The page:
IV. Strategy Development
When we decide what product we will develop, we do not immediately proceed with product feature development. We should prioritize product strategy development. Product strategy development is a plan based on the implementation of the route objectives of the development theme. The development theme shapes the product vision, and the product strategy defines the steps you plan to take and tells the story of how you will achieve the product vision as time progresses.
The best way to break down strategy development into implementation steps is to create a product roadmap. A product roadmap is a tool that provides teams with a framework with timelines and specific actions that illustrate the vision, goals, and current status of product development. A complete product roadmap must include the following:
- Business goals and objectives.
- Areas where the product belongs.
- Product features.
- Order of priority of things.
- Key continuation indicators (KPIs).
Strategy development is a dynamic and continuous expression of a company's thinking about market competition, and product roadmaps need to be adjusted and updated regularly. As the competitive landscape changes, customer preferences are adjusted, or planned product features are modified for implementation, it is important to ensure that the product roadmap continues to reflect the status of current efforts and the importance of long-term goals. Typically, the product roadmap is updated weekly or bi-weekly so the team can access an accurate source of facts.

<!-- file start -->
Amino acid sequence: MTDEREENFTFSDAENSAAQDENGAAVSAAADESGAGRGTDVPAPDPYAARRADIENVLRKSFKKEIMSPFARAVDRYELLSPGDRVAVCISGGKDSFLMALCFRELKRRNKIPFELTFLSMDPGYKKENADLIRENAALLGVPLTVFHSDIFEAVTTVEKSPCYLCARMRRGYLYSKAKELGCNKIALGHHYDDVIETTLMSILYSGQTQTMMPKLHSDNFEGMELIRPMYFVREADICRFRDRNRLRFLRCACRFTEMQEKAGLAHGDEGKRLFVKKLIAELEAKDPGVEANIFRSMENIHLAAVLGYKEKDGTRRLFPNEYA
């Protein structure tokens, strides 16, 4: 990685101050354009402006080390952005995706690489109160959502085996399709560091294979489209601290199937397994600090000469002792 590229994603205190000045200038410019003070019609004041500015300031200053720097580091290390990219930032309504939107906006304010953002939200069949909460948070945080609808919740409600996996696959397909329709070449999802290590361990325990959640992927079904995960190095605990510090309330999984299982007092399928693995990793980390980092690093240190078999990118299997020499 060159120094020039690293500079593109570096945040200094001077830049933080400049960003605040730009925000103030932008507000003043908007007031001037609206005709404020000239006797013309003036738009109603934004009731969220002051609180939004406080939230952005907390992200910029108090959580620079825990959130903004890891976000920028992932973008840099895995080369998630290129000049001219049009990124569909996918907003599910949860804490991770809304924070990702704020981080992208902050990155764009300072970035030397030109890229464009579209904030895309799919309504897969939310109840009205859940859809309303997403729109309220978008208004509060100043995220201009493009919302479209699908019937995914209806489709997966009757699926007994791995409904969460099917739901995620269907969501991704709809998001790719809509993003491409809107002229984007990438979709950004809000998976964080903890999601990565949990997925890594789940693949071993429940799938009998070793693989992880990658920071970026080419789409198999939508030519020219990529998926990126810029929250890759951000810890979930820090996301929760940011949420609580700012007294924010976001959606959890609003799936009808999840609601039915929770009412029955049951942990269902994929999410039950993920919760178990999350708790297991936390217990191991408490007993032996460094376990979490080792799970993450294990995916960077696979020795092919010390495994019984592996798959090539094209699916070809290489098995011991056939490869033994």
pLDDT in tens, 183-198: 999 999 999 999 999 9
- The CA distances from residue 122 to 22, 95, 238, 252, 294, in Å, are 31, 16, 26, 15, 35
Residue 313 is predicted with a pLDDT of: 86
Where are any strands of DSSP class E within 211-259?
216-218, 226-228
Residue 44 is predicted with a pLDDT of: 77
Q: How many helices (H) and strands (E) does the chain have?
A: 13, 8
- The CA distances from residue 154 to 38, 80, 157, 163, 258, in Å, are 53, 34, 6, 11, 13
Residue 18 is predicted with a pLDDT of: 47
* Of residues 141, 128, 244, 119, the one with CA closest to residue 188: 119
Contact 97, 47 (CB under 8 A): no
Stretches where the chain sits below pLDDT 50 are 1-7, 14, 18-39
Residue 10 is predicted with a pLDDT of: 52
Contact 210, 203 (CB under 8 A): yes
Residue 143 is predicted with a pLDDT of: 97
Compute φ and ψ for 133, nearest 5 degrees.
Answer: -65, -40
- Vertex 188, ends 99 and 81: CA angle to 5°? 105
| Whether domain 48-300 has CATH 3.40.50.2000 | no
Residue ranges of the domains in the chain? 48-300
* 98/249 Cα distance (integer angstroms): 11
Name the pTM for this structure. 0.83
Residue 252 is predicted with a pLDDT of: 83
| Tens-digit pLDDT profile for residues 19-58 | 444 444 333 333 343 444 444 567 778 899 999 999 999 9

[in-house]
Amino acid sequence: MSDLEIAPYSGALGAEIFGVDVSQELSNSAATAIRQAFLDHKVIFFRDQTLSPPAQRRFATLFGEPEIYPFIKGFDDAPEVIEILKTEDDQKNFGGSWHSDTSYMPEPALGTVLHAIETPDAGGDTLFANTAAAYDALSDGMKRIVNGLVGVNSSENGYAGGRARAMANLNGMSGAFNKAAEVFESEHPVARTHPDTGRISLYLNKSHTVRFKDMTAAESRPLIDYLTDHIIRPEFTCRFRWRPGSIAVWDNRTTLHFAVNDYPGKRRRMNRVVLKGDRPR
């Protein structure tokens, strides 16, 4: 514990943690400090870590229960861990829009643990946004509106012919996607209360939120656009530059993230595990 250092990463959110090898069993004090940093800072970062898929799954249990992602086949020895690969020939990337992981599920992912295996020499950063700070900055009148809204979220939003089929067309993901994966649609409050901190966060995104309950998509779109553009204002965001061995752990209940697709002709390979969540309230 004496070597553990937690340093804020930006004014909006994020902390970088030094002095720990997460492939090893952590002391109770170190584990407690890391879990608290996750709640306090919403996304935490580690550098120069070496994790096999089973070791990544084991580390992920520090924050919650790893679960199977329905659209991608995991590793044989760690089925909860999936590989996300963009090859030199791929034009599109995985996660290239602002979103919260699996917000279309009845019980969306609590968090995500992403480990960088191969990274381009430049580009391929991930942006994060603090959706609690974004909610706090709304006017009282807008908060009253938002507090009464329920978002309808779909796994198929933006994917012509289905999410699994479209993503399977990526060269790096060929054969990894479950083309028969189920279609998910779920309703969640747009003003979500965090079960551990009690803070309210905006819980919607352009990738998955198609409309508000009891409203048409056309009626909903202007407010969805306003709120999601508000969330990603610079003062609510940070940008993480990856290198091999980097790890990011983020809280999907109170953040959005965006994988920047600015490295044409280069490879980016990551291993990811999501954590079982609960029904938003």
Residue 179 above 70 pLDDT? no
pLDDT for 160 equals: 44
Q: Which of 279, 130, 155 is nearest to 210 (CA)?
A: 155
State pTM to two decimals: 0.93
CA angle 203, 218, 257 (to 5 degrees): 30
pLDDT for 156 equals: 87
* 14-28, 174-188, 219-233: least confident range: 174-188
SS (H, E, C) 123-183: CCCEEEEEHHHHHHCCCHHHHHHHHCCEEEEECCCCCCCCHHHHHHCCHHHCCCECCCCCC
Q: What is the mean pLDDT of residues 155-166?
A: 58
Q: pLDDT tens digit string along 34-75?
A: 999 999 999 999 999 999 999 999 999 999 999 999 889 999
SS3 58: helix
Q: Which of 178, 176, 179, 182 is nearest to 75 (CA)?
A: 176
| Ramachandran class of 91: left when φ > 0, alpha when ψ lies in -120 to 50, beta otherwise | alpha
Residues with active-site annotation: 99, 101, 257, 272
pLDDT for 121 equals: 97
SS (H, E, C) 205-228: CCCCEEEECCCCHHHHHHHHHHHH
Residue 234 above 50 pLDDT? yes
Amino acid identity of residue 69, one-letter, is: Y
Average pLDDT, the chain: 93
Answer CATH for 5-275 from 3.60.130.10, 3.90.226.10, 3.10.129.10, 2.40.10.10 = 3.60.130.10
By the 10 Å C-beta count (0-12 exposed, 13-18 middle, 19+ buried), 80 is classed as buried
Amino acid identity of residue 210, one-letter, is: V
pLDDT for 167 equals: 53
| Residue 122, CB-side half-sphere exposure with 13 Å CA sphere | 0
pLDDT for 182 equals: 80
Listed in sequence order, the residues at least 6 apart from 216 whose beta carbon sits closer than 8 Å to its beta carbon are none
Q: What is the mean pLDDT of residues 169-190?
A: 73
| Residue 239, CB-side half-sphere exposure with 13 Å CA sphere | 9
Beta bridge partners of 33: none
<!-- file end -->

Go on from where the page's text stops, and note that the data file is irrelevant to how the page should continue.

V. Product Development
The product development phase begins with the SaaS developers evaluating and selecting the optimal technology stack (programming language, platform, software and tools). We usually adopt the technology ecosystem that the company or the team is familiar with. The technology stack selection needs to prioritize the scalability, versatility, reliability and security of the future SaaS application.
SaaS technology stack selection principles:
- Mainstream technology languages. For example, java, python, etc.
- Low learning curve.
- There is long-term value in line with the technology strategy S-curve growth trend.
SaaS startup teams must be adept at building minimum viable products (MVPs) to validate the market. MVPs only have core functionality to effectively deploy the product and the essential core functionality to create immediate value for users at the lowest cost to get useful feedback from early adopters. The strategy is designed to avoid building products that customers do not want and seek to get the most information about customers for the least amount of money.
Startup SaaS teams must focus on two things during the product development phase.
- If you outsource your SaaS product to other service providers for R&D, you must recruit and deploy at least one R&D staff for project follow-up and collaborative development. Many startup teams do not have the means to invest enough R&D resources and costs in R&D at the beginning, so they can choose outsourcing service providers to commission R&D. If you use outsourcing, please make sure to recruit one or two R&D staff to work together to ensure that your team can quickly keep up with the subsequent iterations of development or optimization after the outsourced product is delivered, to avoid being "stuck" by the outsourcing service provider.